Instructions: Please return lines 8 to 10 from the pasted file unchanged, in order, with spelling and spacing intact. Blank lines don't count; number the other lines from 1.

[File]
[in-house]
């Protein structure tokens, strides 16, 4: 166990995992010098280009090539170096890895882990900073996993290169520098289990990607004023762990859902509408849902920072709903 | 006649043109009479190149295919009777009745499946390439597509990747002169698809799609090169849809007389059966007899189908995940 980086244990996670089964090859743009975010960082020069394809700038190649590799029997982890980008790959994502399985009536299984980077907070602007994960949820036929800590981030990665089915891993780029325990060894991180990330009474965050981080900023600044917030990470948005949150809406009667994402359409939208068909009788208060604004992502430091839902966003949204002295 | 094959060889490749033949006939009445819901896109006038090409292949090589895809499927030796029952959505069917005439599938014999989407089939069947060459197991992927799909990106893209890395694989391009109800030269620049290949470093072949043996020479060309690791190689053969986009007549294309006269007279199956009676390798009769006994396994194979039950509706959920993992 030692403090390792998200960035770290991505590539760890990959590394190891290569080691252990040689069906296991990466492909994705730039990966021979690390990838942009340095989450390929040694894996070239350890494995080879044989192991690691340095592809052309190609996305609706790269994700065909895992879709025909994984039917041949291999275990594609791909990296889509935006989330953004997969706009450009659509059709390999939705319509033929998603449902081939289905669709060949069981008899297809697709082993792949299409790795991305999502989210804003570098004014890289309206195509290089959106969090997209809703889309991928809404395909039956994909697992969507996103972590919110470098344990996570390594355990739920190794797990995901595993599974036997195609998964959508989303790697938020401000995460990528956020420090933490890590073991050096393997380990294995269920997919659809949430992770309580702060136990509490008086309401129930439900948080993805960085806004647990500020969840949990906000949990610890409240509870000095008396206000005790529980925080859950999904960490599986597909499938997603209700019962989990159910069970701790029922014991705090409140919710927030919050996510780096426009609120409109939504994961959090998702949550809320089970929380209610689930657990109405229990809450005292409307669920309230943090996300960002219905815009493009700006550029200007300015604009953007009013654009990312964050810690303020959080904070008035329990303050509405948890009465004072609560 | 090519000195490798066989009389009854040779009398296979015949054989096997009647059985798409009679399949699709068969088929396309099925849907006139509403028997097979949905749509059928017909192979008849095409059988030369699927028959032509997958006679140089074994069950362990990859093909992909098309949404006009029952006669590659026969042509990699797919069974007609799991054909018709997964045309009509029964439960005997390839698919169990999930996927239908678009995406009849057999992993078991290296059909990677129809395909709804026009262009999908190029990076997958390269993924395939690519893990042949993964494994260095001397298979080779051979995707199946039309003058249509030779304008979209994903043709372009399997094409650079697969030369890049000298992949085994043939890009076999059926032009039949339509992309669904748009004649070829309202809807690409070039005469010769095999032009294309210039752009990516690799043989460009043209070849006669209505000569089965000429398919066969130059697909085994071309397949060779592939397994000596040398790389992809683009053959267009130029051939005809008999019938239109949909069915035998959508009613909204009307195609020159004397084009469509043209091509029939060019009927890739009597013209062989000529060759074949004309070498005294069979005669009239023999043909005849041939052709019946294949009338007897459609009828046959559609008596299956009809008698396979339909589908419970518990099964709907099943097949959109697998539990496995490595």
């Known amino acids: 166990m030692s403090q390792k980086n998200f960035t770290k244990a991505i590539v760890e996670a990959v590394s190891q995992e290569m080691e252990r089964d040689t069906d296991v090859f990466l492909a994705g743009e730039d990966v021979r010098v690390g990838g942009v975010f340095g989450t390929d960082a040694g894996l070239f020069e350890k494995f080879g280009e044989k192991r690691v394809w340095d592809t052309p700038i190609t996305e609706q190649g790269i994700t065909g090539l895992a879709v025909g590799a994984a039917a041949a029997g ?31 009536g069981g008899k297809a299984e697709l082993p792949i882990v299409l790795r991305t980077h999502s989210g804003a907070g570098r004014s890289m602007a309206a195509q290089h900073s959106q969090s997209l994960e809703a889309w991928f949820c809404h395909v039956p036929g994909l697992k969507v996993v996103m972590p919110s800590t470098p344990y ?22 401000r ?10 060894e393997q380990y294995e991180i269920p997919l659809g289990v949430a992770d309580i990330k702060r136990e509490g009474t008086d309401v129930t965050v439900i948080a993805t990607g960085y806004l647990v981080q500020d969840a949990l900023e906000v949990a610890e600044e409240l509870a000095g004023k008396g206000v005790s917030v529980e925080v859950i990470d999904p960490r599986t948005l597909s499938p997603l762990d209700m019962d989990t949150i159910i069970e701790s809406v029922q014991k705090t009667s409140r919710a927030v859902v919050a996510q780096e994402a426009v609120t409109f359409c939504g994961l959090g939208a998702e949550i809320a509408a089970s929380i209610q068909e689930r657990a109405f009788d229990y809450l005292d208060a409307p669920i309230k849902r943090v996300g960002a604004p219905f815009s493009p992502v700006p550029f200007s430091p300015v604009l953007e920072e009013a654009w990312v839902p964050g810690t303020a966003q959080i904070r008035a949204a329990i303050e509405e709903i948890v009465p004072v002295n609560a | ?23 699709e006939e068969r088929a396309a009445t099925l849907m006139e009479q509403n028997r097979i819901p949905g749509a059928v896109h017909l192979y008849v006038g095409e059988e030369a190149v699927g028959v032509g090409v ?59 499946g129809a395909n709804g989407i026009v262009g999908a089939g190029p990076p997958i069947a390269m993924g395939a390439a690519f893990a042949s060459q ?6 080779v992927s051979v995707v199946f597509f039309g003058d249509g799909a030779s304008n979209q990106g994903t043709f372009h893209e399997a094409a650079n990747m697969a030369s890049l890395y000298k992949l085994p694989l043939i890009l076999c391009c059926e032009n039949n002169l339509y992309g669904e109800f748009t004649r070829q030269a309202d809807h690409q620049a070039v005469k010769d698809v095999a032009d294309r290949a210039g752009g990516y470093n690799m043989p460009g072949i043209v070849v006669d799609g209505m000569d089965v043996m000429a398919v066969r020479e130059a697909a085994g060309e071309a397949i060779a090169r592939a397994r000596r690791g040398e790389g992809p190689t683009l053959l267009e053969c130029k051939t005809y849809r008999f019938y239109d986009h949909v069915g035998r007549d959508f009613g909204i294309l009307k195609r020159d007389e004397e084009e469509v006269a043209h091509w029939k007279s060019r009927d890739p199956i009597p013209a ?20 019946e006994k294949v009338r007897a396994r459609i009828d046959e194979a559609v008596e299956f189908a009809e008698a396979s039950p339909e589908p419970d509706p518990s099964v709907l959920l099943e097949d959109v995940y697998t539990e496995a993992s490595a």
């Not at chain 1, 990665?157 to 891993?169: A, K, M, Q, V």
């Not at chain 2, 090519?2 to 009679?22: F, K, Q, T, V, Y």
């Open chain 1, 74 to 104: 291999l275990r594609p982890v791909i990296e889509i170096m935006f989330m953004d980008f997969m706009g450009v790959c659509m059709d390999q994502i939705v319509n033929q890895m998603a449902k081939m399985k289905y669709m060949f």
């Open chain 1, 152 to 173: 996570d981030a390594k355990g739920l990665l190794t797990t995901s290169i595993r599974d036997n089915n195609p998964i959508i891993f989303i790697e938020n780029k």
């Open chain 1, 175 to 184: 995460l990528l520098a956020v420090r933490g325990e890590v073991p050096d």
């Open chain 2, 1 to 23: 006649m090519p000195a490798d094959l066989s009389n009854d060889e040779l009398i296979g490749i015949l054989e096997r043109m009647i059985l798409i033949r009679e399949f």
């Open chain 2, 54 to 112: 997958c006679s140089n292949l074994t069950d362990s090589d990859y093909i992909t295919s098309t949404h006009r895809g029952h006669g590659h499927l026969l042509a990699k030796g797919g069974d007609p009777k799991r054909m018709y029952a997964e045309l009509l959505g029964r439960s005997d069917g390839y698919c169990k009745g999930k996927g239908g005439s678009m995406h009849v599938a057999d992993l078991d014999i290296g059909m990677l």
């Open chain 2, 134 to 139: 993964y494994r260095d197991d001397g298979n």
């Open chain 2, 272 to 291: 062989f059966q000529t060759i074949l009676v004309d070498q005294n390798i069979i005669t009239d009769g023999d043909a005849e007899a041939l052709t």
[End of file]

């Open chain 1, 175 to 184: 995460l990528l520098a956020v420090r933490g325990e890590v073991p050096d």
């Open chain 2, 1 to 23: 006649m090519p000195a490798d094959l066989s009389n009854d060889e040779l009398i296979g490749i015949l054989e096997r043109m009647i059985l798409i033949r009679e399949f």
């Open chain 2, 54 to 112: 997958c006679s140089n292949l074994t069950d362990s090589d990859y093909i992909t295919s098309t949404h006009r895809g029952h006669g590659h499927l026969l042509a990699k030796g797919g069974d007609p009777k799991r054909m018709y029952a997964e045309l009509l959505g029964r439960s005997d069917g390839y698919c169990k009745g999930k996927g239908g005439s678009m995406h009849v599938a057999d992993l078991d014999i290296g059909m990677l």